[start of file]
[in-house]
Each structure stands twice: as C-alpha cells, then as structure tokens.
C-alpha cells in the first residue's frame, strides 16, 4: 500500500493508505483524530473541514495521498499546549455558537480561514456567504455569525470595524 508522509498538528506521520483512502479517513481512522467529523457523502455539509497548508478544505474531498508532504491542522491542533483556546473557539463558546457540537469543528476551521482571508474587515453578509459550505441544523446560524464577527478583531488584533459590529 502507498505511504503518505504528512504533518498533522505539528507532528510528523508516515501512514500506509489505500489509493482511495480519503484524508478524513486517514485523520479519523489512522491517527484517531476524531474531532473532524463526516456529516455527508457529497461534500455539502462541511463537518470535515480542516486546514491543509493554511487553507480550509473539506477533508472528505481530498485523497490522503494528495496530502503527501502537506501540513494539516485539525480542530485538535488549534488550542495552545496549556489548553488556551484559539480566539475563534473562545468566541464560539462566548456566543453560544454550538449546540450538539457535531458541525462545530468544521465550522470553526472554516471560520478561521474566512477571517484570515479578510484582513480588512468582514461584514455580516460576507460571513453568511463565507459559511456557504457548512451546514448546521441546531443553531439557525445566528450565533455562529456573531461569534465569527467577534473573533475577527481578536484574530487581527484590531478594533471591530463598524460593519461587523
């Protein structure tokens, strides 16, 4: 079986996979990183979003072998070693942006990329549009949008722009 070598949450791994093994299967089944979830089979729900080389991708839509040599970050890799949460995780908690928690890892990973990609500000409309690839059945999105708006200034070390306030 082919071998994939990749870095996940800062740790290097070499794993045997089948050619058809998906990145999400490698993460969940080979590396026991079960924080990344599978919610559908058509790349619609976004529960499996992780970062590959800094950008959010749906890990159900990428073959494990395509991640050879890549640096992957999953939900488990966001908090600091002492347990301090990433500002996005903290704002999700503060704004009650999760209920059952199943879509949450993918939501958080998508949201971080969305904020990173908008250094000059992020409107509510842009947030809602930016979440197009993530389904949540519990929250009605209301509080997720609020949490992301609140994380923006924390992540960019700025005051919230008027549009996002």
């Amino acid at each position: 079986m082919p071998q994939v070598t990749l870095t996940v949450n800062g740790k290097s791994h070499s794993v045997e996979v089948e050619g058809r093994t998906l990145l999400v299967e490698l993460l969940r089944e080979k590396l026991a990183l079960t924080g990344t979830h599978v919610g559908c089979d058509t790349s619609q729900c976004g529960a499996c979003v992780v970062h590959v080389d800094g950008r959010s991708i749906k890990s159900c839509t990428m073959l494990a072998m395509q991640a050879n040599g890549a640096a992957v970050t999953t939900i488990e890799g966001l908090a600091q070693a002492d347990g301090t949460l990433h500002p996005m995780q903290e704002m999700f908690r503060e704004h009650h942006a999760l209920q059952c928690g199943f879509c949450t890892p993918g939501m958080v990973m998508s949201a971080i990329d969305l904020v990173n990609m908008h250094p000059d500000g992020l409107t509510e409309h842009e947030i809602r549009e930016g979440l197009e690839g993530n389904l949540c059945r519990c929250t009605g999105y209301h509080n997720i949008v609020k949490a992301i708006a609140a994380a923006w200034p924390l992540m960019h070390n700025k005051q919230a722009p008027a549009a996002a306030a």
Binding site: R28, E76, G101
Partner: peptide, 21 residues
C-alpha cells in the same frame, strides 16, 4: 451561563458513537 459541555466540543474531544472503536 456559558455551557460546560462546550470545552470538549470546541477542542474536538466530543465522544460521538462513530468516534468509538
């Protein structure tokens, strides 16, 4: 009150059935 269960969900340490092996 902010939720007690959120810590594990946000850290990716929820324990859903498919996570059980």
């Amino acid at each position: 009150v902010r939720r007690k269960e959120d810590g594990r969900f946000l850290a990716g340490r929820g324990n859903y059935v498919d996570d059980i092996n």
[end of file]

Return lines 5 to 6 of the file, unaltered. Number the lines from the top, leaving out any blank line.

């Amino acid at each position: 079986m082919p071998q994939v070598t990749l870095t996940v949450n800062g740790k290097s791994h070499s794993v045997e996979v089948e050619g058809r093994t998906l990145l999400v299967e490698l993460l969940r089944e080979k590396l026991a990183l079960t924080g990344t979830h599978v919610g559908c089979d058509t790349s619609q729900c976004g529960a499996c979003v992780v970062h590959v080389d800094g950008r959010s991708i749906k890990s159900c839509t990428m073959l494990a072998m395509q991640a050879n040599g890549a640096a992957v970050t999953t939900i488990e890799g966001l908090a600091q070693a002492d347990g301090t949460l990433h500002p996005m995780q903290e704002m999700f908690r503060e704004h009650h942006a999760l209920q059952c928690g199943f879509c949450t890892p993918g939501m958080v990973m998508s949201a971080i990329d969305l904020v990173n990609m908008h250094p000059d500000g992020l409107t509510e409309h842009e947030i809602r549009e930016g979440l197009e690839g993530n389904l949540c059945r519990c929250t009605g999105y209301h509080n997720i949008v609020k949490a992301i708006a609140a994380a923006w200034p924390l992540m960019h070390n700025k005051q919230a722009p008027a549009a996002a306030a």
Binding site: R28, E76, G101